Raveena's galactic journey back down to Earth On her new album, Asha's Awakening, the artist Raveena sends her protagonist on a thousand-year intergalactic journey of discovery, all in order to better understand her own place on Earth.

Raveena's galactic journey back down to Earth

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A new concept album was released today with a memorable protagonist.

RAVEENA: Asha is a space princess from Punjab (laughter).

FADEL: That's right - a space princess. Raveena's new album is an intergalactic tale with a cinematic arc. It starts out bold and gradually softens, until the artist takes us through a guided meditation to close out. It's called "Asha's Awakening."

RAVEENA: She lives in Punjab in ancient times, and she gets transported to a distant planet called Sanataan. And there, the aliens teach her highly advanced spiritual teachings and magic. And she lives there for a thousand years and becomes a princess. And then she comes back down to Earth because she misses human love and sensuality, and she tries to find a lover from the past.


RAVEENA: (Singing) You know, you know, you know how to pleasure me like a woman.

The album is about healing and loss and destruction. And it's just, like, an epic journey (laughter).

FADEL: So you came up with this in quarantine. Was this about not having human contact, not being connected to the planet?

RAVEENA: (Laughter) Maybe in some ways. I think it was more just my imagination running wild with nothing to do.


RAVEENA: (Singing) Rush to me, my baby. Come home. Rush when you are hurting. Come home. Hush...

FADEL: Let's talk about the song "Rush." It seemed like you took the Orientalism, the fetishization, the othering, that women of color often face and then turn that on its head with the lyrics...


RAVEENA: (Singing) Heard she's made of music, ready for your ruin - American fantasy.

I love all things Indian culture.

FADEL: Yeah.

RAVEENA: I love Bollywood. I love the brightness of it, the romance, like, the maximalism of it. I love being an Indian woman, and I love, like, sharing that part of my culture. But I also think there is a certain fetishization and exotification that comes with being who I am and a kind of, like, very trope-y (ph) view of that culture and very easily reduced to these kind of stereotypes of what it looks like, what it feels like. It's, like, almost like she's self-aware that she's this character for people. But she has the power because she knows what her culture is, and she loves herself. But she also is like, you know, you want me to be this person, but I'm way more expensive than that.


RAVEENA: (Singing) Rush, make your head go. Rush, makes your blood flow. Rush, makes your heart go - oh, oh. Rush...

FADEL: What does "Asha's Awakening" represent to you?

RAVEENA: I kind of just wanted to, like, really tap into my confidence and tap into, like, my bravery as an artist to take risks. And that was kind of the awakening for me. And I think this character was a beautiful vehicle for that because she's so bold and so fearless, and she goes through so many transformations. And I, like, found a lot of myself in her and found a lot of courage in her.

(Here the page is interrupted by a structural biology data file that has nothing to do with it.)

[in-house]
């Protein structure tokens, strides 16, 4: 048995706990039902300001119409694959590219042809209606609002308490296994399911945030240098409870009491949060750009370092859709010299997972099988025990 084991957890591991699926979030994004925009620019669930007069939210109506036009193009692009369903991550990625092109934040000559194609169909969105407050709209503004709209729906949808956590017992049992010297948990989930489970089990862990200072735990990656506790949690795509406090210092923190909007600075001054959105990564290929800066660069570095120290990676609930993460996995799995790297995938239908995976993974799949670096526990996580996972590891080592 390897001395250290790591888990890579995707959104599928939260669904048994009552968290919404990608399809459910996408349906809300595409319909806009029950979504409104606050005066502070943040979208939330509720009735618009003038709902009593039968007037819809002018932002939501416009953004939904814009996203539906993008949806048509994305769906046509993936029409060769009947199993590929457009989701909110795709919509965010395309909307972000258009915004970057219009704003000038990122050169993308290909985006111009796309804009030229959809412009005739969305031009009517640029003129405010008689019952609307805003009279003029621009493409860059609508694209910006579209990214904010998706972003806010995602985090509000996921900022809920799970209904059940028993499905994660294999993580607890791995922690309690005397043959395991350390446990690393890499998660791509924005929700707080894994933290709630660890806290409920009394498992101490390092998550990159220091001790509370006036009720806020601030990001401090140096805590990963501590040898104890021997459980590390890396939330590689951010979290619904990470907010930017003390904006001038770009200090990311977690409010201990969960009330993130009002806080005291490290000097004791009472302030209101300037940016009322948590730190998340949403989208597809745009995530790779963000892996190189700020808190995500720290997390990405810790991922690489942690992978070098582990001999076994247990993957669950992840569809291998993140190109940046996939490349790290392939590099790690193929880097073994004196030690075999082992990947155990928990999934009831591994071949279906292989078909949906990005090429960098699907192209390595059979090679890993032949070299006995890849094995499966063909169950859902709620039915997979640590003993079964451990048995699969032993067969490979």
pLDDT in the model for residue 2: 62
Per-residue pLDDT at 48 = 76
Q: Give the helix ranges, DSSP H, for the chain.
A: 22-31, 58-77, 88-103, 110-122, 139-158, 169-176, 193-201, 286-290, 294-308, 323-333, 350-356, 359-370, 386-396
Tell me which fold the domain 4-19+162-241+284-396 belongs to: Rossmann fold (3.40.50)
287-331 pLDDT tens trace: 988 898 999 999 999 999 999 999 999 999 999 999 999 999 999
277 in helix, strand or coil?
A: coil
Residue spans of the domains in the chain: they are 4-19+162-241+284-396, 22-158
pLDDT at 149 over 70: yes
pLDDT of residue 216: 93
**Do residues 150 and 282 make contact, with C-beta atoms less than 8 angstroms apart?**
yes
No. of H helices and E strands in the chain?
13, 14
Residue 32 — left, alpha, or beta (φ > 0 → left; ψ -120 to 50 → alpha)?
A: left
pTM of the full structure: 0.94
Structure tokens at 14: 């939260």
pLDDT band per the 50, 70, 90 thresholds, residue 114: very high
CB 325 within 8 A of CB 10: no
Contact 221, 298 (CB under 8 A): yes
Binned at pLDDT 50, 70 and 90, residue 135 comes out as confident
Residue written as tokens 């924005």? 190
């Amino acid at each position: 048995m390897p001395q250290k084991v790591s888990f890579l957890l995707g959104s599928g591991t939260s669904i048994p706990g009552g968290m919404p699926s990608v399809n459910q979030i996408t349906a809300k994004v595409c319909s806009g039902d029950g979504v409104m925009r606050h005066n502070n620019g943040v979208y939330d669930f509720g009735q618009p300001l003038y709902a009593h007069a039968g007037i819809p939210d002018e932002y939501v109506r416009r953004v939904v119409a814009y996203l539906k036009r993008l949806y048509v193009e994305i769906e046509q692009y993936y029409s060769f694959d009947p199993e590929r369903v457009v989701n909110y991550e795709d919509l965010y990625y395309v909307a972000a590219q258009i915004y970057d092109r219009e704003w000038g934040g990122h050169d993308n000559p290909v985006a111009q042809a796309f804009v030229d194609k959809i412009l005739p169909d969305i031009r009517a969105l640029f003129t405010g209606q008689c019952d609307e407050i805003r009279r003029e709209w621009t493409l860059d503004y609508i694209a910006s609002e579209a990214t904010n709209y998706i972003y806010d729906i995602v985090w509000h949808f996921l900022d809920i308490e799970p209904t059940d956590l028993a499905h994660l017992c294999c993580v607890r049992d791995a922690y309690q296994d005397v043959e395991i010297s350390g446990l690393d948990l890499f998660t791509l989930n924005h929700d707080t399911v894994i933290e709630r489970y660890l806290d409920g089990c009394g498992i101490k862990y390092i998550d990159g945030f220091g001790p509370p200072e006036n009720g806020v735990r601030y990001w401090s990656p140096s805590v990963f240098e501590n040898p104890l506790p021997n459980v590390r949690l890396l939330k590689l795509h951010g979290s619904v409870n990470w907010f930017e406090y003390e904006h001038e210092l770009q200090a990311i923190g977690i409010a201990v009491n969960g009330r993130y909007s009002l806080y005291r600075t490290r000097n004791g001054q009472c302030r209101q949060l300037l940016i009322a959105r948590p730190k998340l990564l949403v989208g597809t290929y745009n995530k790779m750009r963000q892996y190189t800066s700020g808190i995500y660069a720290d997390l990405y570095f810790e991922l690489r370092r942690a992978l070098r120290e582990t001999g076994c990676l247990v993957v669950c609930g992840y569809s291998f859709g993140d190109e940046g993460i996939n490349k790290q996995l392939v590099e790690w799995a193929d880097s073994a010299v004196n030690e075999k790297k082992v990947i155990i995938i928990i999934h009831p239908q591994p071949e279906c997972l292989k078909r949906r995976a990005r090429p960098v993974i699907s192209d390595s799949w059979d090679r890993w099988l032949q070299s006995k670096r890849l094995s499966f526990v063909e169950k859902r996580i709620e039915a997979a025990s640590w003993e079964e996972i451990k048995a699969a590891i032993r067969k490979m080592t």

RAVEENA: (Singing) What if I win? What if I die before I find someone in time? Want to be old, want to be wise. Want to hop on your motorbike and be bad with you.

FADEL: You talked about finding yourself in this character, tapping into your confidence, so let's talk about you now and move away from the character Asha. Your parents are from the north of India, but you were raised in New York and Connecticut. Talk about your upbringing and how it influenced your writing, your music.

RAVEENA: Yeah. I grew up in a very traditional Sikh household. I also grew up in a family of genocide survivors, the 1984 Sikh genocide, and also people who are deeply spiritual, like reiki healers. And my grandparents would meditate for hours. And my mom is, like, pretty lost in prayer a lot of the day as well. So it's like, I grew up around, you know, a very traumatized family history...

FADEL: Yeah.

RAVEENA: ...But then a lineage that was also very powerful and very connected to their source.

FADEL: So is that why healing is such a central theme in your work?

RAVEENA: Absolutely. I think that because I've experienced a lineage that was so recently traumatized and went through these things that I could never even imagine going through at that age, I have a lot of work in my ancestry to do to heal and to make my body a safer and more inviting place for the next generation.


RAVEENA: Close your eyes and settle into a comfortable space.

FADEL: You meditate daily, and the album ends in a guided meditation. Can you talk to me about that choice?

RAVEENA: It just felt supernatural because meditation is such a central force in my life. I love to lead guided meditations. I wanted to just offer people a very practical tool for their life (laughter)...

FADEL: Yeah.

RAVEENA: ...And be able to actually use it if they needed it to go to sleep or just to calm down.


RAVEENA: Breathing deeply and softly.

I think that a lot of times people don't even know how to sit still and meditate. But we all know how to listen to music.


RAVEENA: Let your breath become like a flower.

So putting it on an album feels like maybe a way to invite people who don't even know how to do it yet.

FADEL: That's beautiful. They don't know how to sit still, but we all listen to music. That's Raveena Aurora. Her new album is called "Asha's Awakening." Thank you so much.

RAVEENA: Thank you so much. This was beautiful.


RAVEENA: (Singing) Hold me when I'm hurting. We're magic. We're passionate.

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